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Not Everything Must Change

November 13, 2007

Brian McLaren is in Austin, Texas today at several locations throughout the city. The event is being sponsored by several churches in Austin. You can find more info at www.austinchange.org. I spent some time with him and others at Rudy’s for breakfast to participate in the ‘conversation’. Right now some of you are scared for my salvation and others might be wishing they were here as well. Don’t worry, I have not drank the McLaren Kool-Aid.

For some credibility on both sides of the issue:

  • For the McLaren crowd: I ran from God, the church and Christians most of my life. The church was the last place I found grace and truth. What I mostly saw growing up was inconsistent with what was said. I came to faith at 28 years old. My story is not the Baptist kid story. I spent time in both jail and prison and baiting Christians used to be sport for me.
  • For the reformed, missional crowd (of which I am): God in His mercy revealed my depravity to me, called me to His Son and saved me. All I offered was my rebellion. I was recently on staff at The Village Church and I am influenced by John Piper, John Stott, Mark Driscoll, Michael Goheen, Mark Dever, CJ Mahaney, Rick McKinley and the likes. The sovereign grace and humble orthodoxy guys are a comfortable fit for me.

So, why was I there this morning? Whether some people like it or not, Brian McLaren is an influential voice in many peoples lives. Many in the younger generation are listening intently to his message. No matter where we stand on his opinions and writings it is critical that we interact with them. I wanted to move past critique from a spectator position and hear him in person, shake his hand and maybe chat with him. In addition to that I want to gain a position of credibility in addressing concerns I might have with others. Lastly, I came because some time ago I began asking the question, “What is my responsibility as a local pastor to the universal church in matters of doctrine and practice?” We can’t leave these questions and issues to mere academicians and theorists. Local pastors have to speak into these issues.

The first thing that surprised me was that those in attendance were much older than I was expecting! Sure there were some young folks, but the amount of gray hair in the room was a surprise. I suspect that the 6:30am start time and the aging Bohemian scene in Austin that is drawn to social issues was at play here.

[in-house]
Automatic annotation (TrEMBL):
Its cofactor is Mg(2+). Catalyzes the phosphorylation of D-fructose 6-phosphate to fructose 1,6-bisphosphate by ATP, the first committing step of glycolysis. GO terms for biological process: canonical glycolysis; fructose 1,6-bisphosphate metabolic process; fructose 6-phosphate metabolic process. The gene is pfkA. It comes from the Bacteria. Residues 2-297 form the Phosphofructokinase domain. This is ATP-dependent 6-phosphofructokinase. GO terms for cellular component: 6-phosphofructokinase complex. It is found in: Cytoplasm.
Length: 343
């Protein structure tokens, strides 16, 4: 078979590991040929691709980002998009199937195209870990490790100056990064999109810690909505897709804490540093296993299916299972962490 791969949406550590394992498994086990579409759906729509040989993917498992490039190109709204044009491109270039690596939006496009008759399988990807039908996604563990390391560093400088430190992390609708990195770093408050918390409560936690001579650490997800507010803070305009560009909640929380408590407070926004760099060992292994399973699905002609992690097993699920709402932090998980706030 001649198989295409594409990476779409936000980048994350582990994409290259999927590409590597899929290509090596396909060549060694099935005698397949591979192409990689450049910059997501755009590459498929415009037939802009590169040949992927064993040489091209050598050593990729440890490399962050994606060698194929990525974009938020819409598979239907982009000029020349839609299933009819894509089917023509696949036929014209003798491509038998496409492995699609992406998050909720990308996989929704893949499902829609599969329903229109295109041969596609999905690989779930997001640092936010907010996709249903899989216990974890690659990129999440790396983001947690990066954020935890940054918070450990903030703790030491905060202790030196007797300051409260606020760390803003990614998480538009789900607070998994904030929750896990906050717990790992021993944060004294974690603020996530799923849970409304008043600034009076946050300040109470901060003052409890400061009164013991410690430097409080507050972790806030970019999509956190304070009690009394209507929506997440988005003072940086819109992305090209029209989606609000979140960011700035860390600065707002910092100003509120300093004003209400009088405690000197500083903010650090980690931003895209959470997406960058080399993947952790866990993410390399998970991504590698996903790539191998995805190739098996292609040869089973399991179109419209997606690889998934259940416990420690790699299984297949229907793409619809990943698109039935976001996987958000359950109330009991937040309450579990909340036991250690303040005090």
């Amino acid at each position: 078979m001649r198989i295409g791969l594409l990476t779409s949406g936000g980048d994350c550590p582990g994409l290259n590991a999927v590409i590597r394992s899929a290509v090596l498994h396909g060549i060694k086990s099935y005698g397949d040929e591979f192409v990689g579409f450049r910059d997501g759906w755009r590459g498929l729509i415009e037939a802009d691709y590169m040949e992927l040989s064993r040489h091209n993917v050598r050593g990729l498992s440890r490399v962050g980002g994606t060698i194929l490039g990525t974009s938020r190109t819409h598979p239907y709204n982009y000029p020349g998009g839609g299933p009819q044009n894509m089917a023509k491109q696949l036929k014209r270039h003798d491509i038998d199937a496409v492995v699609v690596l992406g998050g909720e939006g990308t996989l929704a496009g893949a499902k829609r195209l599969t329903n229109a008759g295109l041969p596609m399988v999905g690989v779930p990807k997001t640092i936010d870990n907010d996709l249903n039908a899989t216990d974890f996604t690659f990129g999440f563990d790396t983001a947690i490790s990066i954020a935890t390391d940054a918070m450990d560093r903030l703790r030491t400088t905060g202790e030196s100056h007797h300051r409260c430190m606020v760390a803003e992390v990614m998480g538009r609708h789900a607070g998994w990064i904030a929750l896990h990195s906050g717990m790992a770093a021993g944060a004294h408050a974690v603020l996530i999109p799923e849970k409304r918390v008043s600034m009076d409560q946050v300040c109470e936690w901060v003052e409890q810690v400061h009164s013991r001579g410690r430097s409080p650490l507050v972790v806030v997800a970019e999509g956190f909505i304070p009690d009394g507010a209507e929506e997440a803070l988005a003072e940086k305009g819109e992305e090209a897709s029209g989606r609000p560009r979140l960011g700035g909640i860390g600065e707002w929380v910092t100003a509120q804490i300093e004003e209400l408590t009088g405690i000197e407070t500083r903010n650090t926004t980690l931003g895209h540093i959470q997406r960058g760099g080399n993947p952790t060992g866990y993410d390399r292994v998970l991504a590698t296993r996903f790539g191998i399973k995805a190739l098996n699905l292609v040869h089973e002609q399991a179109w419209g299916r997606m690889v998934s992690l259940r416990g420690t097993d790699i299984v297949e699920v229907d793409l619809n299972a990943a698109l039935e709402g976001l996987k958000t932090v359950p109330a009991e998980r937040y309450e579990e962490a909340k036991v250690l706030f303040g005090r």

Brian pretty much covered the first 10 chapters of his latest book, Everything Must Change. Tim Challies has a review of the book on his blog and on his truly wonderful website, Discerning Reader, and another perspective can be found with Scot McKnight at Jesus Creed who gives some thoughts on each chapter. Check out both sources if you want to get the idea without reading the whole book. (Although I do recommend reading the book so that you can speak from first hand experience).

After summarizing a few chapters at a time, we had smaller ‘conversations’ with those around us. In God’s mercy and providence I sat with R.C. and Tom, two older guys who were there for research mainly. It turns out that R.C. attends Hill Country NW and we are setting up a lunch in the near future to talk about our new church in Austin. Tom attends FBC Austin and is excited about the new church as well. Both of them spoke of great concern for their young adult children and that someone would provide a church that held on to orthodoxy as well as practiced good orthopraxy (Good doctrine and good practice).

OK, now for my two cents. Brian is a winsome fellow. He is easy to like and to respect. He is more intelligent and educated than I am so I approach this with humility and respect. But dang it, I just think he is wrong to dismiss core doctrines of the faith. Where he is correct is in pointing out that the church as a whole (primarily in America because that is my context) is missing out on the practice of their faith. Everywhere that Jesus went He made an impact. A huge impact. The church was given the mission to continue having an impact, to preach the good news of the gospel of Jesus Christ, to preach freedom to the oppressed, to feed the hungry, to clothe the naked and to seek reconciliation between both God and man, and between man and man. It is not necessary to change core doctrine, as it’s ‘framing story’ (the term McLaren uses) is abundantly sufficient!

McLaren does a couple things (so far) in the book that bother me, things that I think he would be rightly disturbed by if they were done toward him (which they have been).

  1. Reductionism
    Many have undoubtedly (even me right now) reduced McLaren’s argument to far too simplistic terms. The differences are that I am not going to write a 360+ page book in order to refute each point, and secondly, reductionism toward a present day author and reductionism of the gospel are two entirely separate things of infinitely different magnitude.The gospel is far more complex in its nature and purpose than McLaren seems to allow. He would likely confess its complexity but not to the point of the gospel as atonement, imputation and the legal declarations of righteousness. The gospel is both 1) the good news that Christ came to save individual sinners and 2) the good news that the creation is being restored by those who are in the Kingdom of God. We collectively are the body of Christ and our message is the same as that of Christ. The whole message.
  2. Caricaturization
    McLaren (admittedly) creates opposing views of the Conventional View and the Emerging View. In almost every instance he presents that Conventional View in the starkest negative, reductionist light, while presenting the Emerging View in its best light. He does have one or two things buried in the Notes at the back of the book which help flesh out the Conventional View a bit, but the placement at the back of the book means many won’t read them. He also fails to acknowledge (so far anyway) that there are many who hold to orthodox core doctrines of the faith while preaching the Kingdom of God and its coming, and who feed the hungry, clothe the naked and who preach freedom to the oppressed. Rick McKinley being one who does so well.